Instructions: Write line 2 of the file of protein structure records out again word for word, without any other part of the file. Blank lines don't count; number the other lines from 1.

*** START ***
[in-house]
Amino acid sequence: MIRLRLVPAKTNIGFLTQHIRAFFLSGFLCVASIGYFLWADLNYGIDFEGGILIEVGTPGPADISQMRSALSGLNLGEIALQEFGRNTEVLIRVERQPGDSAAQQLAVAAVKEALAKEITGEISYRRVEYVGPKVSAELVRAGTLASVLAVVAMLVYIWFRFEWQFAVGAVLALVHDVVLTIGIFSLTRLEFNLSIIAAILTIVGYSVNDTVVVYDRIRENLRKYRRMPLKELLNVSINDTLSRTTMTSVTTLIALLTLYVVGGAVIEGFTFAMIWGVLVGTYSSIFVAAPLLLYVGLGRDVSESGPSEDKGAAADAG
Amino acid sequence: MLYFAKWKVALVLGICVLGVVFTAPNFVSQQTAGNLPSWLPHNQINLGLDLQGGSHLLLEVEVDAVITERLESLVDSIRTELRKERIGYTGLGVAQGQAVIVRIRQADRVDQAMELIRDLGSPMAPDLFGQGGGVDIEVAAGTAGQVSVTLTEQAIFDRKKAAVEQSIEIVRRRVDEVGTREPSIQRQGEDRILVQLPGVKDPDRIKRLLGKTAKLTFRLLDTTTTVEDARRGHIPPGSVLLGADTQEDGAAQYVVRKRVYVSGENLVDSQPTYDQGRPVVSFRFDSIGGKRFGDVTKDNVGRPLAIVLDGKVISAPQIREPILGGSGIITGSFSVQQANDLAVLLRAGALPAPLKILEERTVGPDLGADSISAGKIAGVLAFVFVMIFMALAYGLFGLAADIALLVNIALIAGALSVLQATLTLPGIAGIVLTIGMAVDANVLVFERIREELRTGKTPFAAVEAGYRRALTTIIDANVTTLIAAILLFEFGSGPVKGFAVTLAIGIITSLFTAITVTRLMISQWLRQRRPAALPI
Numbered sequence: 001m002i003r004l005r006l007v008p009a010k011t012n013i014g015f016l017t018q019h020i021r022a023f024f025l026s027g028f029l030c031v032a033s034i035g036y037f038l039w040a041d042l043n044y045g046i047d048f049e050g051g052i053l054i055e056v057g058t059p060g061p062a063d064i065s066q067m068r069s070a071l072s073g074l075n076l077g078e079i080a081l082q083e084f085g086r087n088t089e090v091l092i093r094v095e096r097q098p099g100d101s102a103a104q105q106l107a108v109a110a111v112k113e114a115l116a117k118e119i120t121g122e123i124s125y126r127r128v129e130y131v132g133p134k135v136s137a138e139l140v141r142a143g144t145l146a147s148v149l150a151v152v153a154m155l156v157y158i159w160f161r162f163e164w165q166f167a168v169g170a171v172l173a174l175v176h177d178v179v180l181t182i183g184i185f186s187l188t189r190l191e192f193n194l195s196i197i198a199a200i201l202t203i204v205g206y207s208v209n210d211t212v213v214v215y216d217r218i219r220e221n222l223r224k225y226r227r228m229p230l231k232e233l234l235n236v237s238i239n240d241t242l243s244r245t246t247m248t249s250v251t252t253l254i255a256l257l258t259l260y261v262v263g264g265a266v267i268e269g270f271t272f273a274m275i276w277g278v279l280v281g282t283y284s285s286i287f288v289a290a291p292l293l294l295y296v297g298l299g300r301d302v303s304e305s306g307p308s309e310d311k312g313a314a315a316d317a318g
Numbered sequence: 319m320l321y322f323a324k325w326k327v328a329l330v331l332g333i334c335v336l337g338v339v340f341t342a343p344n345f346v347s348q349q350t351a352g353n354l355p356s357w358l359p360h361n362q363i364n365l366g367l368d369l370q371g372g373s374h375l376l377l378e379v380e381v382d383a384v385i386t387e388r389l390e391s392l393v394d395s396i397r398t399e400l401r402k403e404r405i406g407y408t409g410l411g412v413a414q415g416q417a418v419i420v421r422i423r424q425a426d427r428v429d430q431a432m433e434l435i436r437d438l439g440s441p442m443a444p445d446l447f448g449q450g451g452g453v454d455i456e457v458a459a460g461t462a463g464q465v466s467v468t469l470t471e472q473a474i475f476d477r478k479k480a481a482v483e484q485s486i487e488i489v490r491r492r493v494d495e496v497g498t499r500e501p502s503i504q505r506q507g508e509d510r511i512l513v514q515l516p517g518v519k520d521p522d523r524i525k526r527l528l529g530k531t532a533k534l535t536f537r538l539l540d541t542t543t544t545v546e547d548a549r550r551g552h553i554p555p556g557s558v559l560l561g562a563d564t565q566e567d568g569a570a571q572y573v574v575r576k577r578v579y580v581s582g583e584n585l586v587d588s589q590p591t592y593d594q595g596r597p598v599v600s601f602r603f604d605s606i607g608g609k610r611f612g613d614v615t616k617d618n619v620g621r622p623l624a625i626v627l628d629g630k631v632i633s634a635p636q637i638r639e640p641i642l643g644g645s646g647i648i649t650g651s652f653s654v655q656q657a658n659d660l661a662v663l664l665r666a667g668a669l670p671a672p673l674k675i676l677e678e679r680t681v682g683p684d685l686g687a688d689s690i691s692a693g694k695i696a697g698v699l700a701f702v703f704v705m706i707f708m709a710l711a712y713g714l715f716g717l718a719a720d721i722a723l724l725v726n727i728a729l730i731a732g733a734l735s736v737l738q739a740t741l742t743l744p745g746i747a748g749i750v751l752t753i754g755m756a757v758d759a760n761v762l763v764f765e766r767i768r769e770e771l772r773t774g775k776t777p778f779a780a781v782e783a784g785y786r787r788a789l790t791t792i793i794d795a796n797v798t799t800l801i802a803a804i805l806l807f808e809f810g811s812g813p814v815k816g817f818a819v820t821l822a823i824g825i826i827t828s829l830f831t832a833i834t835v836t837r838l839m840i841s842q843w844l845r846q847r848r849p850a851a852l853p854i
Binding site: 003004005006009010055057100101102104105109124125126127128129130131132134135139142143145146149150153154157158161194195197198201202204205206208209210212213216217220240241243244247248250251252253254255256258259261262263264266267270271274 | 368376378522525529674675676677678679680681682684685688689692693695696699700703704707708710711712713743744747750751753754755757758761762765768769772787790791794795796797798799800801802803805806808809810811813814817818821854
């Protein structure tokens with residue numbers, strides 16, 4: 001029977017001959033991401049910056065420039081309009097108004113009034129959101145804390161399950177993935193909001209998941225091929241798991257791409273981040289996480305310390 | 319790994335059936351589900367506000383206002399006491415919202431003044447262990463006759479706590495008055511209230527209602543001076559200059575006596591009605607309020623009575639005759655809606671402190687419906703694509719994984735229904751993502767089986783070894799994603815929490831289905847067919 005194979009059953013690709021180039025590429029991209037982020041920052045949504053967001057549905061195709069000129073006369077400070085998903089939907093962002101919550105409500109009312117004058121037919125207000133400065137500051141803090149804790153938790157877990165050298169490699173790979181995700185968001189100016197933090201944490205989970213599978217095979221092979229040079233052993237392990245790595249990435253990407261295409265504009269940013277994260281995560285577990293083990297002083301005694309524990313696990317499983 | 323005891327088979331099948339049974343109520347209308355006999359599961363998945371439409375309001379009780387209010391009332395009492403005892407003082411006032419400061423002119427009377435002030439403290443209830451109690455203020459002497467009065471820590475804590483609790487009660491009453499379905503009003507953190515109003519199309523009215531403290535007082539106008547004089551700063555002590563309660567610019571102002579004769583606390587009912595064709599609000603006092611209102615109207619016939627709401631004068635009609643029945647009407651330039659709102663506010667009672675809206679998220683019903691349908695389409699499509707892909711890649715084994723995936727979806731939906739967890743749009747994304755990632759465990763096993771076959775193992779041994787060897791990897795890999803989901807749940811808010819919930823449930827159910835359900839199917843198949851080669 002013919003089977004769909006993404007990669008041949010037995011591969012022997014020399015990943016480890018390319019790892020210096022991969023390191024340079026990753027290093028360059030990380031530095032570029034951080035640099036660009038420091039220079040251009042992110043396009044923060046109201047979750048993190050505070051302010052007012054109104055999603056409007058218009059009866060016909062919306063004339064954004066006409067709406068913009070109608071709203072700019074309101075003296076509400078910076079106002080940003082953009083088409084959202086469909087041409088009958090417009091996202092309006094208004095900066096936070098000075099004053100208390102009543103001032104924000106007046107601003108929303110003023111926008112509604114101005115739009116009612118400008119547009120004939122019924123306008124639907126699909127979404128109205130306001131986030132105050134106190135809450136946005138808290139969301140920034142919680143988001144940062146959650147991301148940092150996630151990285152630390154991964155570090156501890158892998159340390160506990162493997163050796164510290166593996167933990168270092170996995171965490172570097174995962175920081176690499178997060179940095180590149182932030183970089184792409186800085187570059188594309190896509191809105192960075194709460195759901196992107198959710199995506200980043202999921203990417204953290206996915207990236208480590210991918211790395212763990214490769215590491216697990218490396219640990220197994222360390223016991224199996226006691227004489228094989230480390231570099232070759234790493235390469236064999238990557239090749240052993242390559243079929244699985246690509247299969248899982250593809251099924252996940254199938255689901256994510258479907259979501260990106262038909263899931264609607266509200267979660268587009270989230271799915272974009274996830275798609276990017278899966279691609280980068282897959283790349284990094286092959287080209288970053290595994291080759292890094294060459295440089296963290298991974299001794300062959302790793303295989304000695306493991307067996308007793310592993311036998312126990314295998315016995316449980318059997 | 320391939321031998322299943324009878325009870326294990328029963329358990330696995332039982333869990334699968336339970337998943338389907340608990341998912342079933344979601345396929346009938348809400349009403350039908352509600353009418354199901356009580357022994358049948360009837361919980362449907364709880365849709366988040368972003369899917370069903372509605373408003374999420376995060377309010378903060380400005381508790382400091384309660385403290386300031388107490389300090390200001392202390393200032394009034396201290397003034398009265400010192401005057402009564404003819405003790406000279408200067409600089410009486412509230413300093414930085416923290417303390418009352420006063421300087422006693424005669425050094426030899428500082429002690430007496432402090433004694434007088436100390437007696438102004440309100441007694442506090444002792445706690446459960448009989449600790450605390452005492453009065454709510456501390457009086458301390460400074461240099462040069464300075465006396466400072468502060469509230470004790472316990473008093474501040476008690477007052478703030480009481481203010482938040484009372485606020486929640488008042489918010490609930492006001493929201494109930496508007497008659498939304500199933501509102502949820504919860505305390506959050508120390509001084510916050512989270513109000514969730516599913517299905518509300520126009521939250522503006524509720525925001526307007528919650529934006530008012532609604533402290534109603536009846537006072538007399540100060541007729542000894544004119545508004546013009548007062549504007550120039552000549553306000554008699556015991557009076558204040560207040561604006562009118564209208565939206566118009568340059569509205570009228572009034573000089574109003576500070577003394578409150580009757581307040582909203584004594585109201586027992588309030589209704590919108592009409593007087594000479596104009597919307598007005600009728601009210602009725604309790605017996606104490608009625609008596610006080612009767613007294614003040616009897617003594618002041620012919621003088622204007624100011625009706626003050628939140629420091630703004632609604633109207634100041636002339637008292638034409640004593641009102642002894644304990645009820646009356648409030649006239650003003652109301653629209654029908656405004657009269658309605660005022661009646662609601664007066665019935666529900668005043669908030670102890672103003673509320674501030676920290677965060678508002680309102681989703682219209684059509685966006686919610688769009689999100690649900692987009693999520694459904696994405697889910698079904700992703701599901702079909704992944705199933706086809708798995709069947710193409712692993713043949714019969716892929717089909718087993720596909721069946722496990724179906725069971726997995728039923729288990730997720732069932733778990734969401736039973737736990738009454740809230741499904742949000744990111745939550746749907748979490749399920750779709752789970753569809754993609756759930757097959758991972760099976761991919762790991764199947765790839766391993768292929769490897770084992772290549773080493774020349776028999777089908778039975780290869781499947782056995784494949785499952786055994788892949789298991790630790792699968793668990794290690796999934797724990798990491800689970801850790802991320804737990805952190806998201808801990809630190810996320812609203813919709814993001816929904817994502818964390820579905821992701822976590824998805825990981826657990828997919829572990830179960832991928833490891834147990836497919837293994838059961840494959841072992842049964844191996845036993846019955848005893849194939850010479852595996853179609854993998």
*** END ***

Amino acid sequence: MIRLRLVPAKTNIGFLTQHIRAFFLSGFLCVASIGYFLWADLNYGIDFEGGILIEVGTPGPADISQMRSALSGLNLGEIALQEFGRNTEVLIRVERQPGDSAAQQLAVAAVKEALAKEITGEISYRRVEYVGPKVSAELVRAGTLASVLAVVAMLVYIWFRFEWQFAVGAVLALVHDVVLTIGIFSLTRLEFNLSIIAAILTIVGYSVNDTVVVYDRIRENLRKYRRMPLKELLNVSINDTLSRTTMTSVTTLIALLTLYVVGGAVIEGFTFAMIWGVLVGTYSSIFVAAPLLLYVGLGRDVSESGPSEDKGAAADAG